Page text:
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Coraline and Other Stories: The Bloomsbury Phantastics Paperback – 1 Oct 2009
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'I was looking forward to Coraline, and I wasn't disappointed. In fact, I was enthralled. This is a marvellously strange and scary book' Philip Pullman, Guardian 'Sometimes funny, always creepy, genuinely moving, this marvellous spine-chiller will appeal to readers from nine to ninety' Books for Keeps 'If any writer can get the guys to read about the girls, it should be Neil Gaiman. His new novel Coraline is a dreamlike adventure' Daily Telegraph 'This book will send a shiver down your spine, out through your shoes and into a taxi to the airport. It has the delicate horror of the finest fairy tales, and it is a masterpiece. And you will never think about buttons in quite the same way again' Terry Pratchett
About the Author
Neil Gaiman is the multi-award-winning and bestselling author of Stardust, also a major motion film. Coraline was Neil's first novel for young adults. Neil is British and lives in the USA.
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Having said that, apart from 'The Witches Headstone' which is a chapter from 'The Graveyard Book' book, Gaiman's other books, 'Fragile Things' and 'Smoke and Mirrors: Short Fiction and Illusions' also contain (From Fragile) October In The Chair;Instructions;How To Talk To Girls At Parties; Sunbird; (From Smoke & Mirrors) Chilvary;The Price;Troll Bridge; Don't Ask Jack.
The quality of the stories is not up for debate, Gaiman tells a good tale, often retelling a tale you know, without it being obvious.
The sad bit is that publishers duplicate so many stories across different books and leave the reader feeling slightly cheated - which with Gaiman's writing we should not. I like the slightly scary edge to the stories, they remind me of my childhood ghost stories I read and enjoyed. If your child has an imagination and zest for reading do not deprive them of the opportunity to be a little scared, later in life they will be able to laugh whilst others tremble.
Only 4 stars because of the duplicated stories I already have in the other Gaiman books.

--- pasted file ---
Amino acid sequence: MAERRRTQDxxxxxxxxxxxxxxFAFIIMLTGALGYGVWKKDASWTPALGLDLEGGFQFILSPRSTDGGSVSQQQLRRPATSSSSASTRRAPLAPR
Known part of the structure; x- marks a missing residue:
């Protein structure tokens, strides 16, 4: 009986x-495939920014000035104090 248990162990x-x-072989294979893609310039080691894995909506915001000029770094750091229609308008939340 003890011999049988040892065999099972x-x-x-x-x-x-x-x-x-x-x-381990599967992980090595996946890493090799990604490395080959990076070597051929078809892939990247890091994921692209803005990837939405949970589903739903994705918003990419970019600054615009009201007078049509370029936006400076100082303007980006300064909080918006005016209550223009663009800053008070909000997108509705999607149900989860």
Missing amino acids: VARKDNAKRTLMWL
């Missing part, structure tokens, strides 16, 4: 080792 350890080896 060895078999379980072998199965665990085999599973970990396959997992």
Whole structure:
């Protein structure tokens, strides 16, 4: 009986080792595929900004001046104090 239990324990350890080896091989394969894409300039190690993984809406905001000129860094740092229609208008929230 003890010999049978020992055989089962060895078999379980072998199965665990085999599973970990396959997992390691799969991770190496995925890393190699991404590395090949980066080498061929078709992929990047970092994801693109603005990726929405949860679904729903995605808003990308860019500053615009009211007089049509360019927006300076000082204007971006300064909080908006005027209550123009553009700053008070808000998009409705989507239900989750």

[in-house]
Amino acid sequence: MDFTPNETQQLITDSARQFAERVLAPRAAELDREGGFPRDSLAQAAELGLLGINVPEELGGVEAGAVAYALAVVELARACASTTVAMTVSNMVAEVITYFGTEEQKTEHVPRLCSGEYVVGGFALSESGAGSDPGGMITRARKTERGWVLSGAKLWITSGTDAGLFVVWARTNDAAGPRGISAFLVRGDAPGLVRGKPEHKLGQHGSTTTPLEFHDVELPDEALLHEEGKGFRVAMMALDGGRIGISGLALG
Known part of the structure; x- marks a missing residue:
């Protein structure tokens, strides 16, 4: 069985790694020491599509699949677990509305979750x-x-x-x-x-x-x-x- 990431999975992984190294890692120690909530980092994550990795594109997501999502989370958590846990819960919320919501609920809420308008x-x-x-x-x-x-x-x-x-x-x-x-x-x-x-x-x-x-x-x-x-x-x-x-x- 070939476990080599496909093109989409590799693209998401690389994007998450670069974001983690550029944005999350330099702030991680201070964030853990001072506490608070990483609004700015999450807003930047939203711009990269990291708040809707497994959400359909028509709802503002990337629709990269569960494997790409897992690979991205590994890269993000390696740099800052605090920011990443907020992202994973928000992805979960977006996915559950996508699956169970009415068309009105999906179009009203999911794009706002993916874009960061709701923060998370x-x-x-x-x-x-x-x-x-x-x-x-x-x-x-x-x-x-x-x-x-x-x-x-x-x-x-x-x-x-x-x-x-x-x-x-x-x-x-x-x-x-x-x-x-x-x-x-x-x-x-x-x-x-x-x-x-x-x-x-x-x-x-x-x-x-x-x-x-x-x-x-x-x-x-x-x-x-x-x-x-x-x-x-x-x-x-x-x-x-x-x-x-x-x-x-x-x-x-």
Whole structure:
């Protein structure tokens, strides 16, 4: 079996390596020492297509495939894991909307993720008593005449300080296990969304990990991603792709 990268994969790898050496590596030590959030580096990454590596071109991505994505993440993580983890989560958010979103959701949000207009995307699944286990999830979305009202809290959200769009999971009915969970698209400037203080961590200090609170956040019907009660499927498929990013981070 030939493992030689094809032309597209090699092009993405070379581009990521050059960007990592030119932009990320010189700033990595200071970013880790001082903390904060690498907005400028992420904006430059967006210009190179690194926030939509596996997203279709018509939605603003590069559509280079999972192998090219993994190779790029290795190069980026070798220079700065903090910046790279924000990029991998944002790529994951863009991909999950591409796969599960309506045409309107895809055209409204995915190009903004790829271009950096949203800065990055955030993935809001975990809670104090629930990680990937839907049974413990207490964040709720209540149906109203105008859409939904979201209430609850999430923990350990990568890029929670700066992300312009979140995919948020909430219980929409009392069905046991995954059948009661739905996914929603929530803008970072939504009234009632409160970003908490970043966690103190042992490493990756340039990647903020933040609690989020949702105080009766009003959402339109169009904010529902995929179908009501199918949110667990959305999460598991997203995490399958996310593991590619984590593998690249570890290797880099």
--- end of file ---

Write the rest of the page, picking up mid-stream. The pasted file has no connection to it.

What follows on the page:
'Coraline' has to be my favourite story in the collection. I would have loved to have read it as a child. The idea of an 'Other Mother' is super creepy and the thing with the button eyes is hideous!
'The Case of the Four and Twenty Blackbirds' was a cute little story giving a new twist to all the old nursery rhymes from my childhood.
I also loved 'Chivalry'. The idea of the Holy Grail being hidden away in an Oxfam Shop somewhere in Britain is inspired.
Actually, I loved the whole book, every single story. I can't normally say that about short story collections (there are usually one or two I start reading and then skip) and so 'Coraline and Other Stories' gets a huge thumbs up from me.
I admit, after finishing Coraline with the prospect of reading the others (I flicked through the stories and read a few lines of each, deciding that I really didn't think I would enjoy them - going through a phase of classics geared at the younger generation started by reading Alice in Wonderland) knowing they were more for adult readers, I put it down for a bit. However, when I went back to it to give it a chance, I thoroughly enjoyed each and every other story. The very subtle wit and easy, uncomplicated way of writing that Neil has made it one of the most enjoyable reads I have had in a long time. He has a very unusual imagination and has the ability to place normality and normal people into situations that are funny and even absurd, and the stories in which he writes in first person as though genuinely talking about himself are often twisted and written as such that you can't decide whether he actually believes in the events themselves or not.
I am now awaiting the arrival of The Graveyard Book and Neverwhere and am thoroughly looking forward to reading them. So pleased with the discovery of Neil Gaiman.
"Coraline" itself is the longest of the tales included here, and, as Gaiman explains in his introduction, he has added some stories written for adults to complete the book as he hasn't written many other stories targeted at young readers. Obviously, this is fair enough, and I would suggest an adult reader is going to be able to enjoy the title piece, which is creepy and scarey enough to make anyone's skin crawl. no matter what their age; but, I must say I found some of the other stories to be unsuitable, perhaps, for younger children. "October In The Chair", for example, is a beautiful multi-layed work, starting with anthropomorhised versions of the Seasons sat round a fire telling stories. It is a piece open to various interpretations, but a crude reading could be seen to be encouraging child suicide...similarly "Troll Bridge" ( A brilliant story, rather like a negative version of HG Wells's short -story about the magical door to a heavenly garden that a man encounters throughout his life) could be read as an invitation to depression...
The stories themselves, are all very well done. Not a word is wasted in "Coraline" , the phrase "Sweet Coraline" used twice and a punning reference to the well known song, is not emphasised by Gaiman, too good an author to need to show his workings out.
Apart from "Sun Bird" which was possibly a bit too long all the rest of the stories in this collection are sharp and idea-filled treats. Slightly depressing for me as I remember reading "How To Sell The Ponti Bridge" when it came out in the mid eighties.
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